The combined success the CV cutdown approach and the ipsilateral EJV cutdown approach for CICVAD placement, including those 7 patients with a contraindication to central venous access in the ipsilateral neck region after unsuccessful CV cutdown, was 93% (112 of 120 patients). The combined success the CV cutdown approach and the ipsilateral EJV cutdown approach for CICVAD placement, excluding those 7 patients with a contraindication to central venous access in the ipsilateral neck region after unsuccessful CV cutdown, was greater than 99% (112 of 113 patients).

No instances of immediate postoperative complications, such as pneumothorax, hemothorax, or injury to great vessels, was seen in the group of patients undergoing successful CICVAD placement by way of the CV cutdown approach, by way of the ipsilateral EJV cutdown approach after unsuccessful CV cutdown approach, or by way of the ipsilateral subclavian vein percutaneous approach after unsuccessful CV cutdown approach. However, a single case of postoperative ipsilateral pneumothorax was recognized intraoperatively in a patient who failed the ipsilateral CV cutdown approach, failed the ipsilateral EVJ cutdown approach, and failed the ipsilateral subclavian vein percutaneous approach prior to successful CICVAD placement by way of the contralateral CV cutdown approach.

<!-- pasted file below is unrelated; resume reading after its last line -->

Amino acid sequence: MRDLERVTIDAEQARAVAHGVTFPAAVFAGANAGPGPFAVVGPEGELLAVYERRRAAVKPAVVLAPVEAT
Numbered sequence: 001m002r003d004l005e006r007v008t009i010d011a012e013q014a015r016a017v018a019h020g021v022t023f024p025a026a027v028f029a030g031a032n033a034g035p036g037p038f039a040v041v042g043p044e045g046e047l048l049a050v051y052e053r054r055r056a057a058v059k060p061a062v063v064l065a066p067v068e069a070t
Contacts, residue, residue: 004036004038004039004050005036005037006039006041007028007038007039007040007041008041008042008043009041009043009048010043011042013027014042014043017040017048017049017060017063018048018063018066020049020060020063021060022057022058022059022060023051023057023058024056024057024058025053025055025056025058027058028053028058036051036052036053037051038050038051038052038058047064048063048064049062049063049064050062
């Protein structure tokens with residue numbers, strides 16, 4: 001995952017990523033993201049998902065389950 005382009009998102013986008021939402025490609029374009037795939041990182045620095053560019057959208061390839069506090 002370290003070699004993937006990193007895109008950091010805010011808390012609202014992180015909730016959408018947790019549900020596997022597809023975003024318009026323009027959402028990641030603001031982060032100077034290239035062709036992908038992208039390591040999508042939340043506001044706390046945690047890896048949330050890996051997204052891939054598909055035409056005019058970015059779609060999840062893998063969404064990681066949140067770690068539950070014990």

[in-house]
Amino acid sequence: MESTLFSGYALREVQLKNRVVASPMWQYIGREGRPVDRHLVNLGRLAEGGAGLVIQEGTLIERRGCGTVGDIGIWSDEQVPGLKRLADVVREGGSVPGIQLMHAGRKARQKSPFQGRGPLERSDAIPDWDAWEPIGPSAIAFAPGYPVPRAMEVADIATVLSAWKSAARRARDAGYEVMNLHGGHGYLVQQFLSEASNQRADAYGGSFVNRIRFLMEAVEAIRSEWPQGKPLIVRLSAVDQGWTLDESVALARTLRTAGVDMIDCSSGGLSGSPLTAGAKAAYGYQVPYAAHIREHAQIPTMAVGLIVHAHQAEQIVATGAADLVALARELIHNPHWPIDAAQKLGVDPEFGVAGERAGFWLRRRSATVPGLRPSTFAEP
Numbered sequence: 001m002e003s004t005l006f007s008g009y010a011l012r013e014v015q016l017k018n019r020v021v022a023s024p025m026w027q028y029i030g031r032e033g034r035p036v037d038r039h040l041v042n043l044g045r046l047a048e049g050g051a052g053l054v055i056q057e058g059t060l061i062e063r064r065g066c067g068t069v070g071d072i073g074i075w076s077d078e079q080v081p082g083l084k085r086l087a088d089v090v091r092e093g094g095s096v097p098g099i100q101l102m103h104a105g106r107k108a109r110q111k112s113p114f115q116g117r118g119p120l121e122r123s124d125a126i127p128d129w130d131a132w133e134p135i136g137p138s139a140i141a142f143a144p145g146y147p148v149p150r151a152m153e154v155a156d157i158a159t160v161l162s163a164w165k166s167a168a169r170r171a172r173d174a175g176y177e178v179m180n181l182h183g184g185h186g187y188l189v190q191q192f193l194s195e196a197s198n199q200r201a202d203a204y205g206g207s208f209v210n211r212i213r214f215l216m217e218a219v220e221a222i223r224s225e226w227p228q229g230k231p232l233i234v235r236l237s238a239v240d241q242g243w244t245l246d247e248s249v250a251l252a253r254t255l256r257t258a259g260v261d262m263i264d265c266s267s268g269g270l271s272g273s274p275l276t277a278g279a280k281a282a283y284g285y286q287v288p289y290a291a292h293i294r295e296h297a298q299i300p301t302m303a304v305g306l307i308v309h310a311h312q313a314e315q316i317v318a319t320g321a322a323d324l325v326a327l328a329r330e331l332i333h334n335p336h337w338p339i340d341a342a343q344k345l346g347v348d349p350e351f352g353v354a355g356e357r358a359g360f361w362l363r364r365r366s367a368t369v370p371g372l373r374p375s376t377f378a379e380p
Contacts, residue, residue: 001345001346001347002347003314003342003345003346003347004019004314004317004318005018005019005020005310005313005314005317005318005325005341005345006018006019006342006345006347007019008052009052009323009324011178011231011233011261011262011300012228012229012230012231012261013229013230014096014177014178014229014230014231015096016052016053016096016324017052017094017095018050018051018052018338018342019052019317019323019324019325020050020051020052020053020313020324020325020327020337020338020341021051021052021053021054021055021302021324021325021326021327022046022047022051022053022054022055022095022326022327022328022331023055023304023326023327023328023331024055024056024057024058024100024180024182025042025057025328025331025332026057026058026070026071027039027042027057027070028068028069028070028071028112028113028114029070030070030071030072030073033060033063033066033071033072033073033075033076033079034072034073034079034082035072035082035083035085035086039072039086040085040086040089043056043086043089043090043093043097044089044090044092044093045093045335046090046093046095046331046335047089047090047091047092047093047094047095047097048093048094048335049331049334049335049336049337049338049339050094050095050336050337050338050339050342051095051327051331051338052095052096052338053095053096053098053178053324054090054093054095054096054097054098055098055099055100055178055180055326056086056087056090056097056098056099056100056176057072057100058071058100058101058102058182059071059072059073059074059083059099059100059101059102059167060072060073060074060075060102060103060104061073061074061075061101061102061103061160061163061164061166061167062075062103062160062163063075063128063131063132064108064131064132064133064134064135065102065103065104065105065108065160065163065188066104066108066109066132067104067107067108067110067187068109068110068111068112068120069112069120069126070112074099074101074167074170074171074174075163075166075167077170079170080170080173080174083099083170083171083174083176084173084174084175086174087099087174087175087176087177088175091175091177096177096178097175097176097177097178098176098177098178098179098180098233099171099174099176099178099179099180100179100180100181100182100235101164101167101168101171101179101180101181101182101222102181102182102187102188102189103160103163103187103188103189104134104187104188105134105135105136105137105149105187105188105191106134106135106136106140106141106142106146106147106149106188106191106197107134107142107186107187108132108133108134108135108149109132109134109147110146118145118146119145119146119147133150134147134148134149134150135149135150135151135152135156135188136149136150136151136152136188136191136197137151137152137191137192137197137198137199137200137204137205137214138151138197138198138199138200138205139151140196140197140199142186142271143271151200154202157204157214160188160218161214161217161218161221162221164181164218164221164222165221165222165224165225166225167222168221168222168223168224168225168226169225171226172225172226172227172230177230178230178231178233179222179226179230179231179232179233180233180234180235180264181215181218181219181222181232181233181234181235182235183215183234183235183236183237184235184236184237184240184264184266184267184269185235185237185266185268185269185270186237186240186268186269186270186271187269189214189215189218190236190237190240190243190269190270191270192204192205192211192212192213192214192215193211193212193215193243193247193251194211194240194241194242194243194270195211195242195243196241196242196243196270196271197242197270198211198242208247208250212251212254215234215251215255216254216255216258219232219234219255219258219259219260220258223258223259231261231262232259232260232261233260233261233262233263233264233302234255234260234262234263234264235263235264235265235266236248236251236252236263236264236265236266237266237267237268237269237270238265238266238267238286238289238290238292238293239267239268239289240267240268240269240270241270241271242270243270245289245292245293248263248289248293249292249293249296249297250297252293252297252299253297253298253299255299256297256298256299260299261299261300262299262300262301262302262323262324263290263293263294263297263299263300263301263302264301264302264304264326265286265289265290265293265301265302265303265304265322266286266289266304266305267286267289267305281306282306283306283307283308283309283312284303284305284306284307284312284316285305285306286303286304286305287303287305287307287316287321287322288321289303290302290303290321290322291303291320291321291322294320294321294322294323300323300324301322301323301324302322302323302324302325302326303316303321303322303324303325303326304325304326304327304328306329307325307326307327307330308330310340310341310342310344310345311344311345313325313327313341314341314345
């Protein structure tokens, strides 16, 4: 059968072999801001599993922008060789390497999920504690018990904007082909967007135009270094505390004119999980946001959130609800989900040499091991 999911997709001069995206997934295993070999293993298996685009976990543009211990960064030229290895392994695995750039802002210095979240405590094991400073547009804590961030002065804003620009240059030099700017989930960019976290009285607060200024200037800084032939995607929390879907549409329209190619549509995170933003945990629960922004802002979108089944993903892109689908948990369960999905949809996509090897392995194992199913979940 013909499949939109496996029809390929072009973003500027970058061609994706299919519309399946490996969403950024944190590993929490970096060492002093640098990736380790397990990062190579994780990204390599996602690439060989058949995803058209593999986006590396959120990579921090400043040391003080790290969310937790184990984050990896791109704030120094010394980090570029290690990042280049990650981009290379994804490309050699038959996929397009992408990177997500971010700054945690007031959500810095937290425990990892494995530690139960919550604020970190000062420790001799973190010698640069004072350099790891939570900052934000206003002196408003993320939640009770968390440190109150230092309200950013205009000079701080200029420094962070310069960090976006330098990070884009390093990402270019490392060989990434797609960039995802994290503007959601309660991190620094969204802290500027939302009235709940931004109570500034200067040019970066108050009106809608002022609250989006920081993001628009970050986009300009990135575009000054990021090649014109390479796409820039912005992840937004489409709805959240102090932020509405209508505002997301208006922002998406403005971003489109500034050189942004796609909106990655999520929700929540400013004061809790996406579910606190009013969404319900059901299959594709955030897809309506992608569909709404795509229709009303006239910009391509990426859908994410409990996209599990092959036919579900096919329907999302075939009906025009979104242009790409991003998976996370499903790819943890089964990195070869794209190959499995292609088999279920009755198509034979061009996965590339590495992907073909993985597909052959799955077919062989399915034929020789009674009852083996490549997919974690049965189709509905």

Discussion

Although most CICVAD are placed in cancer patients by the subclavian vein percutaneous approach [1], venous cutdown approaches can be useful alternatives. In the present study, we specifically address the question of the potential utilization of EJV cutdown approach for CICVAD placement when the CV cutdown approach is not technically feasible.